I love trying to replicate the delicate impression of a Monet garden or capturing a swirling landscape with Van Gogh’s striking brushstrokes. However, my Instagram is specifically about pets; I sure do enjoy pictures of pets – don’t you? Now, consider this: what if you could see images that looked like Vincent himself painted them just for you?

What I really like these days is experimenting with making artworks that share brushstrokes from two or more painters. Sometimes, you can get some really incredible results! Think Monet collaborating with Cezanne, or Dali with Andy Warhol – there are lots of possibilities.

The process of creating AI Art is interesting. Neural style transfer algorithms are a heavily researched section of neural network theory. Essentially, I use a specific neural network architecture to build a statistical representation of the features of a particular image, and I use matrix math to manipulate some other image to have “similar” features to the first image while still retaining the “content” of the second image. What does that really look like in motion? Me sitting or standing at my desktop computer, typing and clicking away, then curating the best content on my phone to share with my followers on social media.

How long it takes to create an AI artwork this way generally tends to depend on what the person wants. A customer might have a certain vision, and it takes a variable amount of time to produce a satisfactory result in that case. In terms of time to compute a new output image? I can make a new one every 60 seconds using specialized accelerator hardware. There’s an art to efficiently navigating the search space of the “knobs” you can tune to improve the quality of the algorithm’s output. These days, I can usually produce an “okay” result for any particular image in about 10 minutes, but I might obsess on one image for an hour or two if I see a lot of potential in the idea.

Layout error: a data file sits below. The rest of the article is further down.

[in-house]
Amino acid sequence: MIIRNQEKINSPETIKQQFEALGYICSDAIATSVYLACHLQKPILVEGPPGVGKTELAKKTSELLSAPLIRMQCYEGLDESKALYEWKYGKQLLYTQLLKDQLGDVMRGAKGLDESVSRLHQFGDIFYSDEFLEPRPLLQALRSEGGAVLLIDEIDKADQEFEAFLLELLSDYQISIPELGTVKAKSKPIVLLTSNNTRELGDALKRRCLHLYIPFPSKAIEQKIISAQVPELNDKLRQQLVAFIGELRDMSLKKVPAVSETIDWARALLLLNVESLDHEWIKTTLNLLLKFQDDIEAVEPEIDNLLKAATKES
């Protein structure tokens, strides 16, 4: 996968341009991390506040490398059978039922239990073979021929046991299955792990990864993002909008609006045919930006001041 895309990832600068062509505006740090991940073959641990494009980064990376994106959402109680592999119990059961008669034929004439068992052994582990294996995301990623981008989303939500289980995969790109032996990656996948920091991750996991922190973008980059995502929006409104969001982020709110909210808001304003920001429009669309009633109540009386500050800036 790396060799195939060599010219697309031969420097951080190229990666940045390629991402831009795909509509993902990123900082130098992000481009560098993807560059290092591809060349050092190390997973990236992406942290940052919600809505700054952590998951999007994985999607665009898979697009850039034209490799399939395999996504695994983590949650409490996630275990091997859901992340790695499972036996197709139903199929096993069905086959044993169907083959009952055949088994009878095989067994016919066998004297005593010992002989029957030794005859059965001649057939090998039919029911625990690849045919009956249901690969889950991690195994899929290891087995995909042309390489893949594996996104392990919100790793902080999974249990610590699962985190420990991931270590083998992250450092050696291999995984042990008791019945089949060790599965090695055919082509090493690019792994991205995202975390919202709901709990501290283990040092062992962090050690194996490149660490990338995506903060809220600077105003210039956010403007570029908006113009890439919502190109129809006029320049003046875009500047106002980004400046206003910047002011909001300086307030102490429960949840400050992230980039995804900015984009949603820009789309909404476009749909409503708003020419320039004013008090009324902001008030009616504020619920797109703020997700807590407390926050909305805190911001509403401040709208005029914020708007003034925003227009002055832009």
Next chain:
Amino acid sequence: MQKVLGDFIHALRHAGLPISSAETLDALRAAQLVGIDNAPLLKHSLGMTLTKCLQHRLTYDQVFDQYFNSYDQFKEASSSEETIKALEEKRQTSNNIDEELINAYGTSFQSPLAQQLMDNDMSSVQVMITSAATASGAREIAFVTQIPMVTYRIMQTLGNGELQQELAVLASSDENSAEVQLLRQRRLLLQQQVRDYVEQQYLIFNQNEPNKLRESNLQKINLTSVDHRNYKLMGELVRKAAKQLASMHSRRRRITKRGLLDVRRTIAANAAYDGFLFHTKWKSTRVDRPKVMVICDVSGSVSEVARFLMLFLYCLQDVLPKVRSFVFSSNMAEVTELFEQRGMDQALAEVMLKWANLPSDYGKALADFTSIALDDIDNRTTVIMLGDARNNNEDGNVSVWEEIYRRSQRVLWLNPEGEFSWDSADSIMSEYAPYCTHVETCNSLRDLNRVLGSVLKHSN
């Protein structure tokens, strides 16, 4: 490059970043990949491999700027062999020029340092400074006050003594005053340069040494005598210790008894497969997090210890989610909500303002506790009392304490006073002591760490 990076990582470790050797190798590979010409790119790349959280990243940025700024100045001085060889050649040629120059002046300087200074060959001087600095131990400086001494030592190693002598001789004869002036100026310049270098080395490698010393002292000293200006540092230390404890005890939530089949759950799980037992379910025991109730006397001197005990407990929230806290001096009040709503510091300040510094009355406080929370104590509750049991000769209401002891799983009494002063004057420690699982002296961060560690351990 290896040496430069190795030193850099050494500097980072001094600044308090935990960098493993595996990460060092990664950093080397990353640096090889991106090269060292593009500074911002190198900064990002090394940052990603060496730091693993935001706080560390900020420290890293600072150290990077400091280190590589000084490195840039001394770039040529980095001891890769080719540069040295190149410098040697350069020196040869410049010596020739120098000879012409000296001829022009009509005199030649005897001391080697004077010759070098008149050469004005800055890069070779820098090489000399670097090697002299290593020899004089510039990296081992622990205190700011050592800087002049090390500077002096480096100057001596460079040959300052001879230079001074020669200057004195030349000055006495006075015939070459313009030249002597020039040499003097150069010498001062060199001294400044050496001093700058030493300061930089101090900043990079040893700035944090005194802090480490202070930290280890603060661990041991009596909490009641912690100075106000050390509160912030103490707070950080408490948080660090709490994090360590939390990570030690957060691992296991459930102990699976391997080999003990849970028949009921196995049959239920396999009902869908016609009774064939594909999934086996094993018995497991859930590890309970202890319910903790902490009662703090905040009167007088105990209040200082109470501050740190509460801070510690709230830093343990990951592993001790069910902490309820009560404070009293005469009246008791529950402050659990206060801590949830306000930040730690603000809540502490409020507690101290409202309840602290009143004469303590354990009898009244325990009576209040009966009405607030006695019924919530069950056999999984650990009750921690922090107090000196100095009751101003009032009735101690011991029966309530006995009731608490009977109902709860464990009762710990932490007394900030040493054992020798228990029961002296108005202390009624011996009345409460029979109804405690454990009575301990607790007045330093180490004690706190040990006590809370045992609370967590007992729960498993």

What I love the most about AI Art, in terms of philosophy, is that AI demonstrates humans have developed the math that enables us to teach computers to self-organize their own memory in order to “dream” up new things that have never existed before – now, that’s just fascinating. On a different note, the potential intersections of technology and art have always intrigued me – with this endeavour, I’ve found the perfect way to be engaged in both spaces at the same time!